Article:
BTW. Say hello to Dracula if you meet him in Transylvania
BTW 2: I was in Hungary during Formula-1 weekend, unfortunately I lost my printed card.
It wasn't easy to explain it in restaurant (honestly I tried only once) and totally "mission-impossible" in grocery, so I had my lunches in McD (grilled chicken with salad) and used my "gluten-free-support-food" taken from home.
You can buy dozens species of gluten-free bread in Poland, however (as I've checked) they are often made from something they call "skrobia pszenna bezglutenowa" = Glutenfree wheat starch. So it's good to check the label.
I'm though not familiar with strictly procedures which quantify the maximum of ppm, allowing for using "Glutenfree" prefix.
Good news is that in every part of Holland, almost everybody speak english, so it won't be a problem to ask anyone for advise.
In restaurants you won't have any troble being understood, however the best would be to talk directly with the cook.
Maybe the link below will help a littel bit:
IMO Indian and Thai restaurants don't usually provide gluten meals. There's a lot of them.
If, what seems to be unlikely, waiters and cooks don't speak english, you may print and show the gluten-free requirements:
In verband met gezondheids probleem, dat berust op, dat mijn organisme verteert geen eiwitten (gluten) die komen v
If you intend to visit Krakow, I'd recommend you the gluten-free restaurant. This is the only one I've ever heard (so and eaten there).
They offer special gluten free menu containing dozens of dishes (including traditional polish cuisine). The food is really delicious. I assure.
gluten-free menu (in polish, but I believe, the restaurant's staff speak English:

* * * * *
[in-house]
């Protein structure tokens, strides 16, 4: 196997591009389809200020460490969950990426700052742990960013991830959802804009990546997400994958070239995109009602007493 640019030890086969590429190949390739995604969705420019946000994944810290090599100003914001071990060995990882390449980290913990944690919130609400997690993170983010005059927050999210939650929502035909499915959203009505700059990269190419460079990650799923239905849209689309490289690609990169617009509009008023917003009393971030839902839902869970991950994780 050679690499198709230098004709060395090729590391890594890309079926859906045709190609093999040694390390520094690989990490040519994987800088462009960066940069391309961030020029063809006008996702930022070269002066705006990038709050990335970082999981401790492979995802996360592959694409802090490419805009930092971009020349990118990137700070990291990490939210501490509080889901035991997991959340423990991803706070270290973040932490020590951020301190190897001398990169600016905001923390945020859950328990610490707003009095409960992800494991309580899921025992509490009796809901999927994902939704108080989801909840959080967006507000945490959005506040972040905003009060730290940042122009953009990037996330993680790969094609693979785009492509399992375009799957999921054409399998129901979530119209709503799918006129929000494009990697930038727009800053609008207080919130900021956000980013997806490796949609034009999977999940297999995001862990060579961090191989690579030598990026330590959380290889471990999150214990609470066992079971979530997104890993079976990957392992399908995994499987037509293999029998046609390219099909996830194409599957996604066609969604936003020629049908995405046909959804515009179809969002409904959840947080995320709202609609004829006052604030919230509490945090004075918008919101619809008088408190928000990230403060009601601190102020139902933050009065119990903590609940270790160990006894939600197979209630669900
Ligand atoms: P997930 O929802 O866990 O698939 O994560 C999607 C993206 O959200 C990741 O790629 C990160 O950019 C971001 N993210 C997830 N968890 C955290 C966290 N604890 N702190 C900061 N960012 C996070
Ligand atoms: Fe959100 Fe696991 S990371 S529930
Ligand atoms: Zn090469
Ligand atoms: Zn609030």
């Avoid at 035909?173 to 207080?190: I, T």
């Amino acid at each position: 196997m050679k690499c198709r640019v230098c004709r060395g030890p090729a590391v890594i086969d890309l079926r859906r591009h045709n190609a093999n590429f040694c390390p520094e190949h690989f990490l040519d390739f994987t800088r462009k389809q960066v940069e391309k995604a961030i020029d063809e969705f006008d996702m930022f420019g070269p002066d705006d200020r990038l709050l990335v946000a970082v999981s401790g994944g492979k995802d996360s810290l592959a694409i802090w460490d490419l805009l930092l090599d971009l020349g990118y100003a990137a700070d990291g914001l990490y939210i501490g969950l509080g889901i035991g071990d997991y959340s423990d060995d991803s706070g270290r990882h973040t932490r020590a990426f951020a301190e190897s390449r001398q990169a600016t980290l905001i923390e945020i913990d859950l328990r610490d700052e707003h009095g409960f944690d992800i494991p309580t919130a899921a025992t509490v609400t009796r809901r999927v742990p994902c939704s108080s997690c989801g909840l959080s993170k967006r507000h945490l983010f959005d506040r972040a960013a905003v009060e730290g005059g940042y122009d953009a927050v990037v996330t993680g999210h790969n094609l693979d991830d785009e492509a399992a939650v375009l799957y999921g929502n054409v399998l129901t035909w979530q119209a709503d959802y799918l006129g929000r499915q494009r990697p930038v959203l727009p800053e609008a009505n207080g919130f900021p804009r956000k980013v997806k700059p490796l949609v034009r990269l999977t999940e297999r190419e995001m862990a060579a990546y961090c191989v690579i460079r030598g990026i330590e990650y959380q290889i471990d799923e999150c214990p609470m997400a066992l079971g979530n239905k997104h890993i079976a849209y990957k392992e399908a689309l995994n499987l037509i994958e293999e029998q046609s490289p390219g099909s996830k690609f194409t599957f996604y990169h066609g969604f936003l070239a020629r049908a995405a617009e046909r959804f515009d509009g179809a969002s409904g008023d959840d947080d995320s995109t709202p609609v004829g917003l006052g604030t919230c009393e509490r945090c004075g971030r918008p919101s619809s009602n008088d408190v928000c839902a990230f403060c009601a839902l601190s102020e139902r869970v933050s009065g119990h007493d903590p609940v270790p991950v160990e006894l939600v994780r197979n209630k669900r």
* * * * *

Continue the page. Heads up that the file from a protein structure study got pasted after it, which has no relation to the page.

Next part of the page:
If you're going to eat outside during whole journey, the best solution would be to speak with the cooks (not with the waiters) directly or show the printed card as bezgluten wrote in the message above.
Eating in fastfoods, apart from french fries, I think you can also order kebab meat (very popular in most cities via avenues) of course with no bread, just meat and salads on the plate.
As a "packed lunch" for trips you can buy rise-bread SONKO (almost in every grocery store - even in the small ones) http://www.sonko.pl/x.php/1,35/Produkty-bezglutenowe.html
You can choose lots sorts of this bread and the rice cakes with coating (strawberry, yoghurt, chocolate)
What else can I add... If you need any help during your time in Poland, don't hesitate to call me (I'll send you my cell number via contact information).
What part of Slovakia (which city) will you visit?
Knowing it, I'll try to find out some groceries and restaurants list with my celiac mates' help on Polish forum.
Generally I'd recommend "Hypernova" malls in most cities. It's a brand of Dutch huge company called AHOLD (malls and stores) and I'm sure you can find there gluten-free special products.
There you can find a map with particular stores through whole the country.
There is just one thing to confirm:
I apologise in advance for my suspiciousness however there is very common confusion for not-european people to mix up Slovakia and Slovenia (two completely different countries with no boundary between even).
Hungarian language (as Finnish and Estonian) is a very complicated one and completely not connected with any other european language-groups.
However I believe you can use the phrase below: